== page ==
In short, Yes, they will work. Both repositories use the same upstream code to build their packages.
armhf binaries from armbian will run on an
Your problem won't binary compatibility but dependency compatibility. Using a statically linked executable will resolve the dependency compatibility at the expense of binary size.
Debian packages are compiled against dependencies as they exist in the repository. That is, if you're application needs
glibc, debian will use the
glibc dependency from that release.
Imagine this scenario, two packages
MyApplication-1.0~raspbian built against
MyApplication-1.0~armbian built against
If there are differences between the two versions of
glibc, then if you install
MyApplication-1.0~armbian.deb on a raspbian system, you will likely have an error when starting the application or a bug of some sort that may crop up.
If the dependencies are equivalent or compatible, then the package will work as intended.
You can, if you like, choose to install all the
armbian dependencies for a given package by simply adding the armbian repos to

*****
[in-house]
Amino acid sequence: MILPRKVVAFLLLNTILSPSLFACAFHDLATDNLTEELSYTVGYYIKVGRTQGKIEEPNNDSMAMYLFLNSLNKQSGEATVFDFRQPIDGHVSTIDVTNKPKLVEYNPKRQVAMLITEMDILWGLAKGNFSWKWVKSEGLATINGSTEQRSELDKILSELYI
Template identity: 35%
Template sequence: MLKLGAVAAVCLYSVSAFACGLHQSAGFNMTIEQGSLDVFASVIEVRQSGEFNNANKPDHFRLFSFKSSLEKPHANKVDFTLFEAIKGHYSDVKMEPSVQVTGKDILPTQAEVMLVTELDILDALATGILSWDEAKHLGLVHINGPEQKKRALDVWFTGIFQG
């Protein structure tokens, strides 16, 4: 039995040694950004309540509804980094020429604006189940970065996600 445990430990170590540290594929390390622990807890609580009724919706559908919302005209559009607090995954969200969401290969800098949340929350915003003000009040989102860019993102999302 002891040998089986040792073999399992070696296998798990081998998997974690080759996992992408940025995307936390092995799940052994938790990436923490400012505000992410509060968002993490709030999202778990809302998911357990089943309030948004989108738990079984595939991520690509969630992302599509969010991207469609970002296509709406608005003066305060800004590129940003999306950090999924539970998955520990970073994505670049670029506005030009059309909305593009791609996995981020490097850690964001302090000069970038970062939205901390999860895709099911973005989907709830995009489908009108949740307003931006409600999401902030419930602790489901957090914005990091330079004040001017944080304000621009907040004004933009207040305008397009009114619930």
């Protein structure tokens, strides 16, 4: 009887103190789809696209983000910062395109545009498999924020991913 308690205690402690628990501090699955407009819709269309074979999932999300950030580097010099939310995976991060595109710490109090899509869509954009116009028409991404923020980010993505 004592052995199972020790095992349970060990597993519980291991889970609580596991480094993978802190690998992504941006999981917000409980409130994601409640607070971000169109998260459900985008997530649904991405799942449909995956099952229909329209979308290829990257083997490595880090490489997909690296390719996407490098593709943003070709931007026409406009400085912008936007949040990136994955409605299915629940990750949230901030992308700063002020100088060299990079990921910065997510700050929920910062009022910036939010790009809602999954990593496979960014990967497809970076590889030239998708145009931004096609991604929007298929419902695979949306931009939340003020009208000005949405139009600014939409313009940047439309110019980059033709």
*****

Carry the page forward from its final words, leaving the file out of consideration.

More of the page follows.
/etc/apt/sources.list, however this will potential conflict with
raspbian versions of the same packages, causing a broken system
There are a few further complications, for example there are build dependencies
build-dep which are seperate from package runtime dependencies
The proper way to do this is to port the package by rebuilding the
armbian package from source against the
raspbian dependencies. This is not guaranteed to succeed (sometimes things are actually incompatible), but when done correctly is very reliable.
This is basically what is used to create
backport repositories in desktop ubuntu/debian
Explaining how to build debian packages from scratch is outside the scope of this question, but I would point you to my answer on
ubuntu.se for an introduction to what it takes.
Building packages can be done on a desktop pc with the proper cross-compile or on Raspberry with native compiler.